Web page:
There are three-UK listed betting companies in pole position to take advantage of the rocketing interest in US sports betting, according to equity analysts.
Researchers at the London-headquartered investment bank Jeffries last week raised its price targets on GVC Holdings (LSE:GVC), William Hill (LSE:WMH) and FTSE 100-listed Flutter Entertainment (LSE:FLTR), formerly Paddy Power Betfair. All three have interests in this relatively newly-sanctioned market.
“We see two stages in the evolution of the UK-listed gaming sector,” the analysts wrote.
“A re-rating now that the regulation-driven downgrade cycle is largely complete and there is greater earnings certainty [and] a realisation of the scale of the US sports betting opportunity.”
Highlighting a potential “decade of growth”, Jeffries said the US market could be worth four times more per year than the UK market by 2023. Last week’s price targets of 7,900p for FLTR, 1,100p for Ladbrokes Coral owner GVC, and 230p for William Hill assumed a 20%-10%-10% split in market share. A re-rating this week suggested FLTR’s price target should be 57% higher at 13,500p, while William Hill’s target was moved 110% higher to 400p and GVC hiked to 1,500p.
A 1992 federal law, called the Professional and Amateur Sports Protection Act (PASPA), effectively barred Americans from being able to lay bets on the outcome of much-beloved sports like American football, ice hockey, baseball and basketball. However, in reality, this law did little to halt the popularity of the practice. The American Gaming Association had estimated that sports fans were making $150 billion in illegal wagers every year.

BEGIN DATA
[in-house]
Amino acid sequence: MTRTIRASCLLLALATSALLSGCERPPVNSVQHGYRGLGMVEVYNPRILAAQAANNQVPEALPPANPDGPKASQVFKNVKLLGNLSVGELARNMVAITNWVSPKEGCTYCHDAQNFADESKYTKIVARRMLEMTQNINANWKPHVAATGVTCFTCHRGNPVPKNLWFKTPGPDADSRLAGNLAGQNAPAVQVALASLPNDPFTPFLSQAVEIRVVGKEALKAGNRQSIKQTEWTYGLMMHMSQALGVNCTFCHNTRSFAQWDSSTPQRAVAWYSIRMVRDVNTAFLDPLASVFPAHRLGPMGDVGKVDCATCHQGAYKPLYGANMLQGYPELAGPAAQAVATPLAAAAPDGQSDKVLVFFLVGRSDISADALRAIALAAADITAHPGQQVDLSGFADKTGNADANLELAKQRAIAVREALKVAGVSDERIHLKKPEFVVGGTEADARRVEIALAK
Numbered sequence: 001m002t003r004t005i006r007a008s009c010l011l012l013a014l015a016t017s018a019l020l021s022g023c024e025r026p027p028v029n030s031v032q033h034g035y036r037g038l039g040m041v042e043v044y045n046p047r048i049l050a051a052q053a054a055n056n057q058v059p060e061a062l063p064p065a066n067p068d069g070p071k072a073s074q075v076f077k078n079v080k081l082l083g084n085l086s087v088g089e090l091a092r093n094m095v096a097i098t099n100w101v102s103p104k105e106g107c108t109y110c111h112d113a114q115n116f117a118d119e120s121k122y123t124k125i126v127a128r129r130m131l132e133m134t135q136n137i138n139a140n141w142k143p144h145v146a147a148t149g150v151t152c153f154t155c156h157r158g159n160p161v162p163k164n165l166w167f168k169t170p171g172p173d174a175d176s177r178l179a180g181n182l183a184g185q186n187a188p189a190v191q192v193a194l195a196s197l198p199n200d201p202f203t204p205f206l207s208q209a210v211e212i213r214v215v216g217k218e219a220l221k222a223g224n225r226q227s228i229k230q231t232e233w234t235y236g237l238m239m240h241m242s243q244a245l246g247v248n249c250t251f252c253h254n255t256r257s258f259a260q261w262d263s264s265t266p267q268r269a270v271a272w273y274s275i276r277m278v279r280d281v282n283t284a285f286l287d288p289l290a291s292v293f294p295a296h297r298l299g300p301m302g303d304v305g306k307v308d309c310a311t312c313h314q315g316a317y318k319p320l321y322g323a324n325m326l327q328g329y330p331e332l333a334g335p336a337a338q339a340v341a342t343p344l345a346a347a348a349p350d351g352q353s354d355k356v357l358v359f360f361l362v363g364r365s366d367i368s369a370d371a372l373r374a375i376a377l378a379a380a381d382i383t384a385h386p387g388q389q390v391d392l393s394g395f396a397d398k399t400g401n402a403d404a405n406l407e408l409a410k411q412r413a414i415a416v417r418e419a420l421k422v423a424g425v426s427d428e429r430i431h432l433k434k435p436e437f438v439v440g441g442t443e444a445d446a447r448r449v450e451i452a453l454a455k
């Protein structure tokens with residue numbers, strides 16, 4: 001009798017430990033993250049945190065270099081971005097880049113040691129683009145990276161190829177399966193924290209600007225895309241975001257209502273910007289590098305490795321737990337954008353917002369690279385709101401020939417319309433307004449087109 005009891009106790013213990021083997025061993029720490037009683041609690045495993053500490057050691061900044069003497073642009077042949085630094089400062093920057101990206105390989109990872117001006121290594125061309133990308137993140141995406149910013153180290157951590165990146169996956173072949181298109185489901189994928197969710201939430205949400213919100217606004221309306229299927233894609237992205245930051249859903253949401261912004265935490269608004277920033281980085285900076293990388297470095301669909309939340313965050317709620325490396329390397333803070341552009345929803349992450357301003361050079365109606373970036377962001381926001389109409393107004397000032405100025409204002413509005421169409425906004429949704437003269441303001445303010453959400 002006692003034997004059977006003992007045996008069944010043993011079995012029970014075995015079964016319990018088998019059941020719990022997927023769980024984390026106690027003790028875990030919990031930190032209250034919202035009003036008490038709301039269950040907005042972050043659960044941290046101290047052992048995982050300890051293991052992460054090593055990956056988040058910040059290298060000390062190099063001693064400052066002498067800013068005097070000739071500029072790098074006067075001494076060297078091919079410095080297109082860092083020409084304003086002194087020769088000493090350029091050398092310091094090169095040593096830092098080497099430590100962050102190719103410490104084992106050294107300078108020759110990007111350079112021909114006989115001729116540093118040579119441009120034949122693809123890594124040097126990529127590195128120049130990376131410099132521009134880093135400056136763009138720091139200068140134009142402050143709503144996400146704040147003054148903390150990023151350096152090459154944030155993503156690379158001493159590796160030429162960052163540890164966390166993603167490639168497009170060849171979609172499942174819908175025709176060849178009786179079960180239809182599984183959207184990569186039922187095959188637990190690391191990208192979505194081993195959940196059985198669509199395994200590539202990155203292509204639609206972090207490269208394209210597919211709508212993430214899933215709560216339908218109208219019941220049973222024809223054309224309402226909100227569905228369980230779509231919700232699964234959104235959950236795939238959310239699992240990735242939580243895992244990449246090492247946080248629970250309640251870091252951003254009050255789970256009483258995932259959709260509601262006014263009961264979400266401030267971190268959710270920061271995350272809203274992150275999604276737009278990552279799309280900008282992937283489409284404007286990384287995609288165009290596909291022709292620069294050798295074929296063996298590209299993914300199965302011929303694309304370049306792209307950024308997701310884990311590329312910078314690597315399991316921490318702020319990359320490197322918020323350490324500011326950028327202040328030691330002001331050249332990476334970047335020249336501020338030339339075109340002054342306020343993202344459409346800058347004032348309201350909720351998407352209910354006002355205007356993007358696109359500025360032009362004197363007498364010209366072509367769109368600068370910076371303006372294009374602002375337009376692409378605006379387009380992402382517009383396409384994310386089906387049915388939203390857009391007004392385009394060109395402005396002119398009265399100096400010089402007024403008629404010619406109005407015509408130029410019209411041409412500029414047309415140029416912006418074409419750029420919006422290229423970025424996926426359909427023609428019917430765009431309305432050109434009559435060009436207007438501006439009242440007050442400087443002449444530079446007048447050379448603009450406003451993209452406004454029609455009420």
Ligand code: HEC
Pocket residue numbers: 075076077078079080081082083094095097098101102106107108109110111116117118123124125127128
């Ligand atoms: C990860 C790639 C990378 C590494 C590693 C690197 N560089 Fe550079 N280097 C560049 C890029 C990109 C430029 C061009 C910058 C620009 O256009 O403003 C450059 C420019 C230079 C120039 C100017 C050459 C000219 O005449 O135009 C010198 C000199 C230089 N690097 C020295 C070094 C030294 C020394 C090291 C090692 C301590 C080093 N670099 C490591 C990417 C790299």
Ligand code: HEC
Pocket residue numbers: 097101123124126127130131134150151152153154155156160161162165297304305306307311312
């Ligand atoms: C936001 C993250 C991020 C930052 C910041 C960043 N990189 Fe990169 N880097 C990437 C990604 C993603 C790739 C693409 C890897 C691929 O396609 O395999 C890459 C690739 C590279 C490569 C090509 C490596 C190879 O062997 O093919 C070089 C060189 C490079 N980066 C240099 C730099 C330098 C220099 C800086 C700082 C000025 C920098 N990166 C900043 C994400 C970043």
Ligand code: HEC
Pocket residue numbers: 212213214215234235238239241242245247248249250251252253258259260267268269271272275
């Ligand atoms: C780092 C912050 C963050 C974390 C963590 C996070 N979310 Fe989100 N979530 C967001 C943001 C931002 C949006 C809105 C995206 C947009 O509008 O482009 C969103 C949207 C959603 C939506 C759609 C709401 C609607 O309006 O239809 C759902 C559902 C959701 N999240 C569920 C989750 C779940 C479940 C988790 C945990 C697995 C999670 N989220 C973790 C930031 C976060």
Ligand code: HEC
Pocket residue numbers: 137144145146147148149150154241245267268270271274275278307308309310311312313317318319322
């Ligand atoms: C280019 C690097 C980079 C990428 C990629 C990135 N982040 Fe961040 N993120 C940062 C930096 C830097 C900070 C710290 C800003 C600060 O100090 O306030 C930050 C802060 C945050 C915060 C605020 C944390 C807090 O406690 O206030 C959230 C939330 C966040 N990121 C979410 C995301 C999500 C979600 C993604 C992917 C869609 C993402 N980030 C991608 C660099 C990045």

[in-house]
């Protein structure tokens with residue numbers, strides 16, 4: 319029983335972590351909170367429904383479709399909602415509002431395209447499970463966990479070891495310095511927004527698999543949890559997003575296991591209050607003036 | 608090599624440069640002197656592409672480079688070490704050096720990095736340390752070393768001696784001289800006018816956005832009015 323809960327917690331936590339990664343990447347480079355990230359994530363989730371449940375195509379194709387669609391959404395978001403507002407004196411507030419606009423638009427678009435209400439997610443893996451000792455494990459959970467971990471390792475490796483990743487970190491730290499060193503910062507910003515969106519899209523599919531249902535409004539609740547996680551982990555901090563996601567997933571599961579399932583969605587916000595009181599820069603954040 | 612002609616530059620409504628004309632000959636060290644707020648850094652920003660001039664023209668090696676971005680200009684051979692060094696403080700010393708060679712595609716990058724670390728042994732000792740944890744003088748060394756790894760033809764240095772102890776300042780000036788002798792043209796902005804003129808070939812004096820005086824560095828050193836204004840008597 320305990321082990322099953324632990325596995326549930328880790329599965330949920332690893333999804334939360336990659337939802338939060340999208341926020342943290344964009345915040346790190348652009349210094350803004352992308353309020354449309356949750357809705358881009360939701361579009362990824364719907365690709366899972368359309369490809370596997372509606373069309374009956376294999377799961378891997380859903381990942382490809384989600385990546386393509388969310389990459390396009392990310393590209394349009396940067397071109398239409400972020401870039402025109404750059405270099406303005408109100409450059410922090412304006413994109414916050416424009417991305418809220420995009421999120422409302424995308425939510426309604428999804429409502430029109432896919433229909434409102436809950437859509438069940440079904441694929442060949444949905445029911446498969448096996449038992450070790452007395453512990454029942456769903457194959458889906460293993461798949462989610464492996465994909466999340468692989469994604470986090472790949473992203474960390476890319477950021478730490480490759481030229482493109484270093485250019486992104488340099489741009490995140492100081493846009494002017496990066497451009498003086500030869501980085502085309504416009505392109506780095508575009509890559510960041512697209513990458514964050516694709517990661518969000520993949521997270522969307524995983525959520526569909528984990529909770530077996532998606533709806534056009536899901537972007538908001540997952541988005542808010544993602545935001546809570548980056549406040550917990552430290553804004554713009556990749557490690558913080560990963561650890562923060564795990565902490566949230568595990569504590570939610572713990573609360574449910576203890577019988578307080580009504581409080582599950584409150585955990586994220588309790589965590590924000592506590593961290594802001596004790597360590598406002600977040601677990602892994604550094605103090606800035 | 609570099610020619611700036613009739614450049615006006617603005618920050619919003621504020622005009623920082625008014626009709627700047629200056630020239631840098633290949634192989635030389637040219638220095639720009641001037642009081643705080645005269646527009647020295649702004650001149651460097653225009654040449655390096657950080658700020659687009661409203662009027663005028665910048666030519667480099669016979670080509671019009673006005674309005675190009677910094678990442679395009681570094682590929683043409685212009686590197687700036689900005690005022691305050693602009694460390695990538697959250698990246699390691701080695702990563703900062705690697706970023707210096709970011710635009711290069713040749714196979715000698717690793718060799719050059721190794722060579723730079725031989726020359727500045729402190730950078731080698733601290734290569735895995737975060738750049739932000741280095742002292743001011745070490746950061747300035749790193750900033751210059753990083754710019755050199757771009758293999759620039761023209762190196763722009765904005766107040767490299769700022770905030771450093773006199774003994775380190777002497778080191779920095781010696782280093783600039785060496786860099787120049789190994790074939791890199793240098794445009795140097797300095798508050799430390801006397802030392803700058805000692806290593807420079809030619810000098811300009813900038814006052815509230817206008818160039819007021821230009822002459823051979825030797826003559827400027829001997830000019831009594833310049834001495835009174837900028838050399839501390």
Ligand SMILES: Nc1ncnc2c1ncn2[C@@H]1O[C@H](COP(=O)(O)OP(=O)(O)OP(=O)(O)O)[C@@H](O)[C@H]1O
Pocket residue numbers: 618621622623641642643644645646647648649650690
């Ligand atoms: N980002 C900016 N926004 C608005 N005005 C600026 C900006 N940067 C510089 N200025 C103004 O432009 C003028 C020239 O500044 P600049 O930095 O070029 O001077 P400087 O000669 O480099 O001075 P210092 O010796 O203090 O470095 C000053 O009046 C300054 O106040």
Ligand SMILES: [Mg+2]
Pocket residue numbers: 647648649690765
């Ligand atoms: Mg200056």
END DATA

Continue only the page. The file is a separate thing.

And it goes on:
In May 2018, a US Supreme Court ruling struck down PASPA, supporting a New Jersey state ruling which would make sports gambling at casinos and racetracks legal once again. This regulatory certainty has flung the doors wide open for these London-listed companies to muscle their way in.
King of the Hill
William Hill is especially well-placed to take advantage of what — according to casino executives from MGM and Hard Rock — could be an industry worth billions of dollars a year. The 85-year-old bookmaker saw its share price sink to five-year lows in 2018, driven by the UK tightening the laws on its profitable fixed-odds betting terminals. Dubbed by campaigners as the “crack cocaine” of betting, these machines brought in huge revenues for William Hill while still remaining controversial. The bookie was forced to post a non-cash write down of £882 million in 2018, warning at the time it may have to make 4,500 staff redundant and close 700 stores. While investors with a long position have been hit hard, there could be a good entry point now.
William Hill is already fairly well established in the US’s major gambling market of Las Vegas, and on 11 February announced it would be the exclusive sports book data provider to CBS Sports Digital, gaining access to the media giant’s 80 million users every month.
It also has a partnership with Eldorado Resorts, whose $8.5 billion cash and shares merger with Caesars Entertainment to create the largest casino operation in the US is nearing completion. Last year, former CEO Philip Bowcock told the market he had sanctioned William Hill’s expansion into six US states.
Its “demonstrable track record and extensive agreed market access” puts it in pole positionto make the most of the opportunity, Jeffries said.
As investors have come around to the potential in its American expansion, the WMH share price has broken out of previous ranges. With 2019 final results out on 26 February, there could be a decent long bid at current prices around 190p.